Table_1_Risk Factors for High-Arched Palate and Posterior Crossbite at the Age of 5 in Children Born Very Preterm: EPIPAGE-2 Cohort Study.DOCX (18.17 kB)
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Table_1_Risk Factors for High-Arched Palate and Posterior Crossbite at the Age of 5 in Children Born Very Preterm: EPIPAGE-2 Cohort Study.DOCX

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posted on 15.04.2022, 04:12 authored by Sandra Herrera, Véronique Pierrat, Monique Kaminski, Valérie Benhammou, Laetitia Marchand-Martin, Andrei S. Morgan, Elvire Le Norcy, Pierre-Yves Ancel, Alice Germa
Introduction:

Children born very preterm have an immature sucking reflex at birth and are exposed to neonatal care that can impede proper palate growth.

Objectives

We aimed to describe the frequency of high-arched palate and posterior crossbite at the age of 5 in children born very preterm and to identify their respective risk factors.

Methods

Our study was based on the data from EPIPAGE-2, a French national prospective cohort study, and included 2,594 children born between 24- and 31-week gestation. Outcomes were high-arched palate and posterior crossbite. Multivariable models estimated by generalized estimation equations with multiple imputation were used to study the association between the potential risk factors studied and each outcome.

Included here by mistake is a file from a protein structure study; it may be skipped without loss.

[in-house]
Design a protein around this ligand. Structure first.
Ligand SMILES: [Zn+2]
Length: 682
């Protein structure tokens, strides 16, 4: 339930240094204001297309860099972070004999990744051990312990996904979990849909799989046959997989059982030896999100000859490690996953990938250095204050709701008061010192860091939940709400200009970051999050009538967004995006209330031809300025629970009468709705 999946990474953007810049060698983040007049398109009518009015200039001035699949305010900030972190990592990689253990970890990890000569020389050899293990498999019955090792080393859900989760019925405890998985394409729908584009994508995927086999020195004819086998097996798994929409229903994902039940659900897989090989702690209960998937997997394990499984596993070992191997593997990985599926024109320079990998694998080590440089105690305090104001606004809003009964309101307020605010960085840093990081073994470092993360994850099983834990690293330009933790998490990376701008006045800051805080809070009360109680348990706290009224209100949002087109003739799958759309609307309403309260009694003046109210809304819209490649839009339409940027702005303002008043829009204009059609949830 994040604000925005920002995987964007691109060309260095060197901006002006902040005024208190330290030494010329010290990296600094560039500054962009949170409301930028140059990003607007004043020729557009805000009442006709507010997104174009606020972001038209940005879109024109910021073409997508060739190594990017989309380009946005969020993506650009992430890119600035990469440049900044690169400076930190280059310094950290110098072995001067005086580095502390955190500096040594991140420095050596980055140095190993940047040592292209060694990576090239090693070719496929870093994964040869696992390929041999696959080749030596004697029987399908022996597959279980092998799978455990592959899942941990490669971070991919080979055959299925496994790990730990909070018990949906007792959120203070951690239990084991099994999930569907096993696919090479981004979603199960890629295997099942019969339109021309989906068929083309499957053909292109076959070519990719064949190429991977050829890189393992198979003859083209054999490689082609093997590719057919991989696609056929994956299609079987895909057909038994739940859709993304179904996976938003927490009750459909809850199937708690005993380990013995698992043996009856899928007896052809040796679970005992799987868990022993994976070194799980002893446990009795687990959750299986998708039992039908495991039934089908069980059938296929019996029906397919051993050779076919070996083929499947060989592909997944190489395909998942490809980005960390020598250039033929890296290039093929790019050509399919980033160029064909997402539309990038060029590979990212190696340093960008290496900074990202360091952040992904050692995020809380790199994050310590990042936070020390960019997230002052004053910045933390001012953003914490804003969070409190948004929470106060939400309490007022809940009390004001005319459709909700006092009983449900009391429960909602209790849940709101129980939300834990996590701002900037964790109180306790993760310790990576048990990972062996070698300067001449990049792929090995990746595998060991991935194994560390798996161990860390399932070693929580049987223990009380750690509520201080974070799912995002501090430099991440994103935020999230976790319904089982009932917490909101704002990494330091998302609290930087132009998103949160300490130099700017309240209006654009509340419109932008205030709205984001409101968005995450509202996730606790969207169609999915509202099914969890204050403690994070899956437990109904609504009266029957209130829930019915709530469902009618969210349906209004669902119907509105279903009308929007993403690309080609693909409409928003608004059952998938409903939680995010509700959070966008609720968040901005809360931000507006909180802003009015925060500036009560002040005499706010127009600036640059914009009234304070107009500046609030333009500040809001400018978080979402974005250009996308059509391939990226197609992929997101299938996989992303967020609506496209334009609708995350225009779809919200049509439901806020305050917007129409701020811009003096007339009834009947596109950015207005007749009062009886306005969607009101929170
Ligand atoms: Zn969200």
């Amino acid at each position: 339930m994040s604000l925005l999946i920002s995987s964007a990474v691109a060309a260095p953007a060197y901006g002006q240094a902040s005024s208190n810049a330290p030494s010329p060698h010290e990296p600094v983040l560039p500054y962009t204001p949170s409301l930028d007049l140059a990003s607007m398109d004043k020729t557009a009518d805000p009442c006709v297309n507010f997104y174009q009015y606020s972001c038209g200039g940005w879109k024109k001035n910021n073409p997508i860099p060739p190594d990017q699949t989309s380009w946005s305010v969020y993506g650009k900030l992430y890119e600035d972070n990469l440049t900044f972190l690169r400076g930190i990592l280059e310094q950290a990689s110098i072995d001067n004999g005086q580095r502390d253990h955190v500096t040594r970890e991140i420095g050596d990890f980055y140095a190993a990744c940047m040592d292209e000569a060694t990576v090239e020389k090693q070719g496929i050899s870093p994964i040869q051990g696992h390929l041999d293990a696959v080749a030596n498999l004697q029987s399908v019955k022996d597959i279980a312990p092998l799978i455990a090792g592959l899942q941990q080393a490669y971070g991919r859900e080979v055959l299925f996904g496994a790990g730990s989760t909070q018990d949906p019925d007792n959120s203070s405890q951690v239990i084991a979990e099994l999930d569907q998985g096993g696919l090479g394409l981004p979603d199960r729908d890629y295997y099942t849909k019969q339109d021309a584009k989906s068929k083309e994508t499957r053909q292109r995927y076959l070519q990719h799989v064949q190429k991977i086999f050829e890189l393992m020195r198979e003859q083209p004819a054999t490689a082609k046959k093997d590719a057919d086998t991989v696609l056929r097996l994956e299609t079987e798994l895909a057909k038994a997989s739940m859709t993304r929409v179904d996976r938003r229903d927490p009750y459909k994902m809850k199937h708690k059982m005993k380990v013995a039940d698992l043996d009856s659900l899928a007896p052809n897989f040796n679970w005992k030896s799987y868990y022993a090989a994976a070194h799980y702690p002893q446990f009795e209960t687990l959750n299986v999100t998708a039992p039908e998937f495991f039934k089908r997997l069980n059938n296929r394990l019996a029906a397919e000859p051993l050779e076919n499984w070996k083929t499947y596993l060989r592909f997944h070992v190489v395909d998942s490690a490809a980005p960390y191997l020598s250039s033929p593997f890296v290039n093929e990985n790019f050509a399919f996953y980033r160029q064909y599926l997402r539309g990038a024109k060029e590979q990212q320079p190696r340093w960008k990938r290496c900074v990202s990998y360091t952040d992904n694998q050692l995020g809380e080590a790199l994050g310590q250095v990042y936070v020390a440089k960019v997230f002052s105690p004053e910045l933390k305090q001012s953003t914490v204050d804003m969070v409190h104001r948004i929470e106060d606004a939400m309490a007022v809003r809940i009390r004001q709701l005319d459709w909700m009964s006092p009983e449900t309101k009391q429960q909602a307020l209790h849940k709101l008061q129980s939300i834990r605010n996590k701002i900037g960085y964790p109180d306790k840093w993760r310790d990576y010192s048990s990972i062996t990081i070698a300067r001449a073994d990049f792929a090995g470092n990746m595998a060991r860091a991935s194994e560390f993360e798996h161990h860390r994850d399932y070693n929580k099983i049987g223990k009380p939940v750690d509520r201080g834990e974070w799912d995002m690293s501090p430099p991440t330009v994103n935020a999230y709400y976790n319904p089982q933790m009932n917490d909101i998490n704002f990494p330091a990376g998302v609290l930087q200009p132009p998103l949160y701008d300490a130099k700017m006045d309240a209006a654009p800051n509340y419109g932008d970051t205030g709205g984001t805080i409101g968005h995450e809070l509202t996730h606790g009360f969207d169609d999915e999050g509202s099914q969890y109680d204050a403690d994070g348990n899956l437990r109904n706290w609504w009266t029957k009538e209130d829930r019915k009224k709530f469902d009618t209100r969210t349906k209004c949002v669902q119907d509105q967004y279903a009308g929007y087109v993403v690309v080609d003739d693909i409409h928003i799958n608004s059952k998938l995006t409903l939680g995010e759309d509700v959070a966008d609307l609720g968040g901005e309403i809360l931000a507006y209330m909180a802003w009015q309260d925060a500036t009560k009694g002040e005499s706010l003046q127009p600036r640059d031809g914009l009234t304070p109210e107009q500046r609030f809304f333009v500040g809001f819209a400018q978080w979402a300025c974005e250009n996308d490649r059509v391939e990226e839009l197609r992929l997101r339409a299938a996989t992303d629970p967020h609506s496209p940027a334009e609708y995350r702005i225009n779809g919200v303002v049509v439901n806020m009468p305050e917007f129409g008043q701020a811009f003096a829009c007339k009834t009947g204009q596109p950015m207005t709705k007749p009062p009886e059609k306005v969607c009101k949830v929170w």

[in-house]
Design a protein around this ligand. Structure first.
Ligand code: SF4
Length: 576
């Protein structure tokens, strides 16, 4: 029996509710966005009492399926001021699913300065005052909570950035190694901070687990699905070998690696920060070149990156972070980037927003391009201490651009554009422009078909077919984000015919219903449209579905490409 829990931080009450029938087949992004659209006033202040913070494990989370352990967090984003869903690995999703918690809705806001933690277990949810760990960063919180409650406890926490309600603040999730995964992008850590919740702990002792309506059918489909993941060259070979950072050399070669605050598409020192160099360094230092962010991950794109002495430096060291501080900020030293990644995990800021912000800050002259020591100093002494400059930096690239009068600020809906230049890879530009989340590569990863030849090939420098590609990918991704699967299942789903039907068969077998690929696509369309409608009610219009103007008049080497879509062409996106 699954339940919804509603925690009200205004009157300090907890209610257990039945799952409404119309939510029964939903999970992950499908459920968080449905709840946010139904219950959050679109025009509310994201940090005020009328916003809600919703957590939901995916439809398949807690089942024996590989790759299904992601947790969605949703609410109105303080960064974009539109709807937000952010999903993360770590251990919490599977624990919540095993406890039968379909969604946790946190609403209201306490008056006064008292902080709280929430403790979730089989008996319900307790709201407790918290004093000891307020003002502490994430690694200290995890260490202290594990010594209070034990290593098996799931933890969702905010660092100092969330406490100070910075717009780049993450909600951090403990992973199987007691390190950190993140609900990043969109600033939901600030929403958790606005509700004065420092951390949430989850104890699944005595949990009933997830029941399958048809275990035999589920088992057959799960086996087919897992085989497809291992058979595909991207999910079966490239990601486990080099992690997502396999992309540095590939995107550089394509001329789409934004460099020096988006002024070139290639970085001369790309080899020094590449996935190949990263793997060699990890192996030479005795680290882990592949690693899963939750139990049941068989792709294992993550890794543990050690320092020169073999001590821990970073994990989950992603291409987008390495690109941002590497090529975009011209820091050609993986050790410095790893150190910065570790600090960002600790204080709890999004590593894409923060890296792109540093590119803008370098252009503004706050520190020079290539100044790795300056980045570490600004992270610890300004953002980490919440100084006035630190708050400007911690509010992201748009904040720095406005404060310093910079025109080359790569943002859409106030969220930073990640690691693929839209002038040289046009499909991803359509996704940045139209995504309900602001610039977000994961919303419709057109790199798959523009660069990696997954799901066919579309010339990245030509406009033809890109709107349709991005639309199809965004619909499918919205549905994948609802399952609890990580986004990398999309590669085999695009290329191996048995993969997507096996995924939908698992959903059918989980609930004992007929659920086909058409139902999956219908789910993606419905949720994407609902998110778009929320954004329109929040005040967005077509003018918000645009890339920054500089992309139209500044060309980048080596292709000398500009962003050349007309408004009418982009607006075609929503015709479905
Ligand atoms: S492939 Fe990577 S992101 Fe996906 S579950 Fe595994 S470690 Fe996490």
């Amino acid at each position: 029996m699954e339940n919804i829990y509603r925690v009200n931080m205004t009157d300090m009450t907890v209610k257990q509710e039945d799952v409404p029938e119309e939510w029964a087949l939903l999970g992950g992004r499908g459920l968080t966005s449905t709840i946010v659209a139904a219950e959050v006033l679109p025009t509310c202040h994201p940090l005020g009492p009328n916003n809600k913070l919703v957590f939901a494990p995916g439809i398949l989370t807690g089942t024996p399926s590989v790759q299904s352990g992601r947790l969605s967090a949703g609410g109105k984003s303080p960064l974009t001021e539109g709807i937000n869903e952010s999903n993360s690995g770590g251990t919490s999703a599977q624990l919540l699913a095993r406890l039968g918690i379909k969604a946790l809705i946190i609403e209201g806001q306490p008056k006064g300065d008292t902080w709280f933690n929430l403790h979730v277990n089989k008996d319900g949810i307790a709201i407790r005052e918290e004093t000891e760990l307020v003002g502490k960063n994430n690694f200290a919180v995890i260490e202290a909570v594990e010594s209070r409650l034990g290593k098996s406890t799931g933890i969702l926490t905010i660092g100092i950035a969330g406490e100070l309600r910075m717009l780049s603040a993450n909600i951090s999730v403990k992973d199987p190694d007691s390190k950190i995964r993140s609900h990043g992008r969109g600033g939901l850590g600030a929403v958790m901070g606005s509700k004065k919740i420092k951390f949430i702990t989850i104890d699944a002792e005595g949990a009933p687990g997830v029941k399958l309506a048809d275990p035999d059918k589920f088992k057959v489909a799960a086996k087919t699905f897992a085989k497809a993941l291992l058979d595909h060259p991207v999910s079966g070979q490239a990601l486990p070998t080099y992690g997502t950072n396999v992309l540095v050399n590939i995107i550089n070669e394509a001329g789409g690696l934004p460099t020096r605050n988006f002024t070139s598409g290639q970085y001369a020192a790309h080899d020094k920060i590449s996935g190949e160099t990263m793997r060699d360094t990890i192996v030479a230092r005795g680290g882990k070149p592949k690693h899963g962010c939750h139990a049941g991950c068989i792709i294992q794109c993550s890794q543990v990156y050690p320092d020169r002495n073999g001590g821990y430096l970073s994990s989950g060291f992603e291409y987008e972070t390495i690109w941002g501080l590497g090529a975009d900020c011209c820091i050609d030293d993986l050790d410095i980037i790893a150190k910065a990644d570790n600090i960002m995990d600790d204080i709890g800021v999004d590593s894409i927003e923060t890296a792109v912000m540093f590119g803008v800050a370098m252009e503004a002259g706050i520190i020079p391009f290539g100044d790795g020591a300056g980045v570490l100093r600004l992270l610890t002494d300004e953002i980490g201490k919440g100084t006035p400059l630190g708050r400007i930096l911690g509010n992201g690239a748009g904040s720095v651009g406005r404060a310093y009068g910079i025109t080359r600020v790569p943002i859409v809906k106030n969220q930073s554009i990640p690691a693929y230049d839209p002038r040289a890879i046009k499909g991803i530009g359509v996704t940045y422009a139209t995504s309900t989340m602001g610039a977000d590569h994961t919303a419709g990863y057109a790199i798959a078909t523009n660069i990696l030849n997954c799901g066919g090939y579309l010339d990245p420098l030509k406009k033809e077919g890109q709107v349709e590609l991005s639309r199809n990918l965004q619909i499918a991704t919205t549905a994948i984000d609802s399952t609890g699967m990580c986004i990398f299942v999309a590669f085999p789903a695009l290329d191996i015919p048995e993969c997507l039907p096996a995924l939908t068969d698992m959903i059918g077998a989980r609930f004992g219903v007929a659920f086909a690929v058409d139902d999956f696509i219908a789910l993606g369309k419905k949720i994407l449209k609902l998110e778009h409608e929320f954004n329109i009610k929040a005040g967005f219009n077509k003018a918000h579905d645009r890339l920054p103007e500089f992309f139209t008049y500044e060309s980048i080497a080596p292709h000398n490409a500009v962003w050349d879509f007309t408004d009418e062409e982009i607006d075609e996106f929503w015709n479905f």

Results

Overall, 8% of children born very preterm had a high-arched palate and 15% posterior crossbite. The odds of high-arched palate were increased for children with low gestational age (24–29 vs. 30–31 weeks of gestation) [adjusted odds ratio (aOR) 1.76, 95% confidence interval (CI) 1.17, 2.66], thumb-sucking habits at the age of 2 (aOR 1.53, 95% CI 1.03, 2.28), and cerebral palsy (aOR 2.18, 95% CI 1.28, 3.69). The odds of posterior crossbite were increased for children with pacifier-sucking habits at the age of 2 (aOR 1.75, 95% CI 1.30, 2.36).

Conclusions

Among very preterm children, low gestational age and cerebral palsy are the specific risk factors for a high-arched palate. High-arched palate and posterior crossbite share non-nutritive sucking habits as a common risk factor. The oro-facial growth of these children should be monitored.

History

References